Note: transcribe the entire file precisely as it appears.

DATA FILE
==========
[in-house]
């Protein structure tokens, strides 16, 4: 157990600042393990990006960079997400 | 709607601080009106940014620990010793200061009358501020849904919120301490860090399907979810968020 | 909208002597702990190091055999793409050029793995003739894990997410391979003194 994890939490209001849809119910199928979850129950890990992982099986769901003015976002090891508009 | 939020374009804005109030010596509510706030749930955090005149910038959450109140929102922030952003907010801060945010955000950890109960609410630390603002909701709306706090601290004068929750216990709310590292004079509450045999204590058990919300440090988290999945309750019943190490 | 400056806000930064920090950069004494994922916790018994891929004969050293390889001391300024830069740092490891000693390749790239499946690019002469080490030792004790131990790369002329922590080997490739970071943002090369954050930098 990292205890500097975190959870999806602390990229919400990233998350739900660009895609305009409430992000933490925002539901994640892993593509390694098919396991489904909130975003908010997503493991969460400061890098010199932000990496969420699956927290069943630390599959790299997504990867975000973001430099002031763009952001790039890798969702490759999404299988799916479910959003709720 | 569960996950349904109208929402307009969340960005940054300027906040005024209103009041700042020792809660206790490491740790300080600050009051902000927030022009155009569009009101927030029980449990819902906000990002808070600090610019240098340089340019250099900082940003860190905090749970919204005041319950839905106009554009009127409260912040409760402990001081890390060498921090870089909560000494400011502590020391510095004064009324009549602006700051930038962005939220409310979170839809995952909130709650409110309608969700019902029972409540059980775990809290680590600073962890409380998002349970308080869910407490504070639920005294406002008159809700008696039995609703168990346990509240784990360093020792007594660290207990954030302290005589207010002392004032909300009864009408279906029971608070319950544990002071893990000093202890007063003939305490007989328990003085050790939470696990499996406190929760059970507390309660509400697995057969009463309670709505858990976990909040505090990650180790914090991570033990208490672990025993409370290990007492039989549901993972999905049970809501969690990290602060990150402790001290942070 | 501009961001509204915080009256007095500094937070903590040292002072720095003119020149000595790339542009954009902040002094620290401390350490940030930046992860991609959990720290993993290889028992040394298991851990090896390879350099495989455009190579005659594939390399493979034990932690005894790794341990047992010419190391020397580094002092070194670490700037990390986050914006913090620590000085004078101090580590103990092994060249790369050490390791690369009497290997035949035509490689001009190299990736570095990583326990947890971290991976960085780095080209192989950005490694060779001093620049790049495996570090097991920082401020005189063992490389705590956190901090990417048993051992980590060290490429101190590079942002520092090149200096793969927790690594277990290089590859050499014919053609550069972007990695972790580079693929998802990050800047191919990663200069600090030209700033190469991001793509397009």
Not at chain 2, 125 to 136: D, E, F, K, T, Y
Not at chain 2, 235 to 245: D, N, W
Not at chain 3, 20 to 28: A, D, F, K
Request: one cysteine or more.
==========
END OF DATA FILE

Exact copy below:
[in-house]
């Protein structure tokens, strides 16, 4: 157990600042393990990006960079997400 | 709607601080009106940014620990010793200061009358501020849904919120301490860090399907979810968020 | 909208002597702990190091055999793409050029793995003739894990997410391979003194 994890939490209001849809119910199928979850129950890990992982099986769901003015976002090891508009 | 939020374009804005109030010596509510706030749930955090005149910038959450109140929102922030952003907010801060945010955000950890109960609410630390603002909701709306706090601290004068929750216990709310590292004079509450045999204590058990919300440090988290999945309750019943190490 | 400056806000930064920090950069004494994922916790018994891929004969050293390889001391300024830069740092490891000693390749790239499946690019002469080490030792004790131990790369002329922590080997490739970071943002090369954050930098 990292205890500097975190959870999806602390990229919400990233998350739900660009895609305009409430992000933490925002539901994640892993593509390694098919396991489904909130975003908010997503493991969460400061890098010199932000990496969420699956927290069943630390599959790299997504990867975000973001430099002031763009952001790039890798969702490759999404299988799916479910959003709720 | 569960996950349904109208929402307009969340960005940054300027906040005024209103009041700042020792809660206790490491740790300080600050009051902000927030022009155009569009009101927030029980449990819902906000990002808070600090610019240098340089340019250099900082940003860190905090749970919204005041319950839905106009554009009127409260912040409760402990001081890390060498921090870089909560000494400011502590020391510095004064009324009549602006700051930038962005939220409310979170839809995952909130709650409110309608969700019902029972409540059980775990809290680590600073962890409380998002349970308080869910407490504070639920005294406002008159809700008696039995609703168990346990509240784990360093020792007594660290207990954030302290005589207010002392004032909300009864009408279906029971608070319950544990002071893990000093202890007063003939305490007989328990003085050790939470696990499996406190929760059970507390309660509400697995057969009463309670709505858990976990909040505090990650180790914090991570033990208490672990025993409370290990007492039989549901993972999905049970809501969690990290602060990150402790001290942070 | 501009961001509204915080009256007095500094937070903590040292002072720095003119020149000595790339542009954009902040002094620290401390350490940030930046992860991609959990720290993993290889028992040394298991851990090896390879350099495989455009190579005659594939390399493979034990932690005894790794341990047992010419190391020397580094002092070194670490700037990390986050914006913090620590000085004078101090580590103990092994060249790369050490390791690369009497290997035949035509490689001009190299990736570095990583326990947890971290991976960085780095080209192989950005490694060779001093620049790049495996570090097991920082401020005189063992490389705590956190901090990417048993051992980590060290490429101190590079942002520092090149200096793969927790690594277990290089590859050499014919053609550069972007990695972790580079693929998802990050800047191919990663200069600090030209700033190469991001793509397009």
Not at chain 2, 125 to 136: D, E, F, K, T, Y
Not at chain 2, 235 to 245: D, N, W
Not at chain 3, 20 to 28: A, D, F, K
Request: one cysteine or more.